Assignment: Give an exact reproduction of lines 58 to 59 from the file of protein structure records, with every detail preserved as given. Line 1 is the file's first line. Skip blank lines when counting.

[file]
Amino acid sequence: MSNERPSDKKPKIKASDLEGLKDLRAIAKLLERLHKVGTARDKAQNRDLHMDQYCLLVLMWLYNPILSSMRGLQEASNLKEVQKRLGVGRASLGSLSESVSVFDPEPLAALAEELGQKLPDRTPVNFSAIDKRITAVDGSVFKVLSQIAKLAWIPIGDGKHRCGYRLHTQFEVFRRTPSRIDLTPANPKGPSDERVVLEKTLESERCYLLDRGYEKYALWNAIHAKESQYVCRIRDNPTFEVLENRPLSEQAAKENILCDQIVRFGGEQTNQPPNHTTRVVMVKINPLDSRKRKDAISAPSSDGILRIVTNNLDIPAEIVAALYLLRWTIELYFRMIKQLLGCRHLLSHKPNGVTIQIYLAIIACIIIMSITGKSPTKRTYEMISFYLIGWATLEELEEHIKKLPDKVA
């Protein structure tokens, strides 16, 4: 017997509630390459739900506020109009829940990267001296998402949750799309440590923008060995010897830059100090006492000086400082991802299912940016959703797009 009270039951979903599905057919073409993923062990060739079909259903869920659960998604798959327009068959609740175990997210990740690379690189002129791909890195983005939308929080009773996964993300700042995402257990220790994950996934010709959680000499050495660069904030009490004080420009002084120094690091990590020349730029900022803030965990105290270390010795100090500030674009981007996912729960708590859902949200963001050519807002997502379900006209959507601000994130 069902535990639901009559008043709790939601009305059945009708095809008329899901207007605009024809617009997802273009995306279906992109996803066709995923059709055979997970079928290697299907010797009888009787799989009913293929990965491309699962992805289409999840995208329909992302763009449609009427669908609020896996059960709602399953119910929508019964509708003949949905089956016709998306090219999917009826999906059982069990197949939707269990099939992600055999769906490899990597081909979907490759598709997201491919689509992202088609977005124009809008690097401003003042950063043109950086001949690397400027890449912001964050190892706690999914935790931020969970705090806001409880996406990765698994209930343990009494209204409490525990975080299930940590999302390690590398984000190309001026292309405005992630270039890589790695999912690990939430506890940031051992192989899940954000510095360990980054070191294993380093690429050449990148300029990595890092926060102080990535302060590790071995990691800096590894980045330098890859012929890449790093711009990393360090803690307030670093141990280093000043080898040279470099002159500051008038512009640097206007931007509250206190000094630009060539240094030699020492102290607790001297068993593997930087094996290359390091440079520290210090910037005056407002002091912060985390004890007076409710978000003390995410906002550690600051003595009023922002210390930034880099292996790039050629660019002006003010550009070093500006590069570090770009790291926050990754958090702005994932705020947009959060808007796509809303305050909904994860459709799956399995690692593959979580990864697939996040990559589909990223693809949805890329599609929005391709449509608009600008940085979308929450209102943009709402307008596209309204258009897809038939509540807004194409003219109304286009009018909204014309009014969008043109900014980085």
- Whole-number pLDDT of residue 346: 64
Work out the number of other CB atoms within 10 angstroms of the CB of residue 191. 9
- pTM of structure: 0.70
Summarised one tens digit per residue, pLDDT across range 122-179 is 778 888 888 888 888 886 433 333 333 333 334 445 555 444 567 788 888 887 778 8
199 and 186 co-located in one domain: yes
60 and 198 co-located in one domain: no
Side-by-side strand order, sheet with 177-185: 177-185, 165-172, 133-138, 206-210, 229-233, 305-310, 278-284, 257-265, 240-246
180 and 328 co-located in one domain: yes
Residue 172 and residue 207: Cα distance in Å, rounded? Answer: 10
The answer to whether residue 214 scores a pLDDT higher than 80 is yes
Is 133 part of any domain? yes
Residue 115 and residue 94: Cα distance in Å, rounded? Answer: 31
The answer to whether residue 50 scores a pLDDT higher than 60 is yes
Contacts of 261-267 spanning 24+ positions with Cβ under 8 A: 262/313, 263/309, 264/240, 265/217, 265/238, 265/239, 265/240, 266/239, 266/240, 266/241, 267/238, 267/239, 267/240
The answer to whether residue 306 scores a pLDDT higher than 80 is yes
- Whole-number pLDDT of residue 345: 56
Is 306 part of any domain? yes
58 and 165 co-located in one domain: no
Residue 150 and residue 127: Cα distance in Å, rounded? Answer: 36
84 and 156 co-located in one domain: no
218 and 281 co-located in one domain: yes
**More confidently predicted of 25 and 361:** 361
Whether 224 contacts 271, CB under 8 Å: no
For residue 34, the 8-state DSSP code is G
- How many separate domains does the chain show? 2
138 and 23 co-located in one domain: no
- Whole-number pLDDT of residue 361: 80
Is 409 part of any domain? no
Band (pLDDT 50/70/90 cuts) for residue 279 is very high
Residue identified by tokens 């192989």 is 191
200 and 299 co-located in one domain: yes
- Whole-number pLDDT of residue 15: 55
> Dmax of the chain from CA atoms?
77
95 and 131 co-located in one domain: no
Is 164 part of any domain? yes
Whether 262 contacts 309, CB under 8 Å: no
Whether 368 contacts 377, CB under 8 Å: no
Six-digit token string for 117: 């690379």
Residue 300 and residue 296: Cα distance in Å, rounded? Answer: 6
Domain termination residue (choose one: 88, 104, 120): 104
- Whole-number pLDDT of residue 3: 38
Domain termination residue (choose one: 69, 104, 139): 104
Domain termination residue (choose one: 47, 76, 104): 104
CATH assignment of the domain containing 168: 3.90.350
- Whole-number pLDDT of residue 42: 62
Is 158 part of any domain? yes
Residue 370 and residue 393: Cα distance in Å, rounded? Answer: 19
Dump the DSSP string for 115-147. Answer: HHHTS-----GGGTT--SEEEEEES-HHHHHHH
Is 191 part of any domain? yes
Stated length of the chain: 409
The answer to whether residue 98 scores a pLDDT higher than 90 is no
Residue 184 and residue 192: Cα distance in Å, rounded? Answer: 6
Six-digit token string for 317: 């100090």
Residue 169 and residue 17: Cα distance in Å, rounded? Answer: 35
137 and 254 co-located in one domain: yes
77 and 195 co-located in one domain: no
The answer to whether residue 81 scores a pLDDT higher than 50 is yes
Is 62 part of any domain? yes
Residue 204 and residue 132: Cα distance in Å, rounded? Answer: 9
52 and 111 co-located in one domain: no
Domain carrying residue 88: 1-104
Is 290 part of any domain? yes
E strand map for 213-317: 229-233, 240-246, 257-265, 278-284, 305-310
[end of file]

137 and 254 co-located in one domain: yes
77 and 195 co-located in one domain: no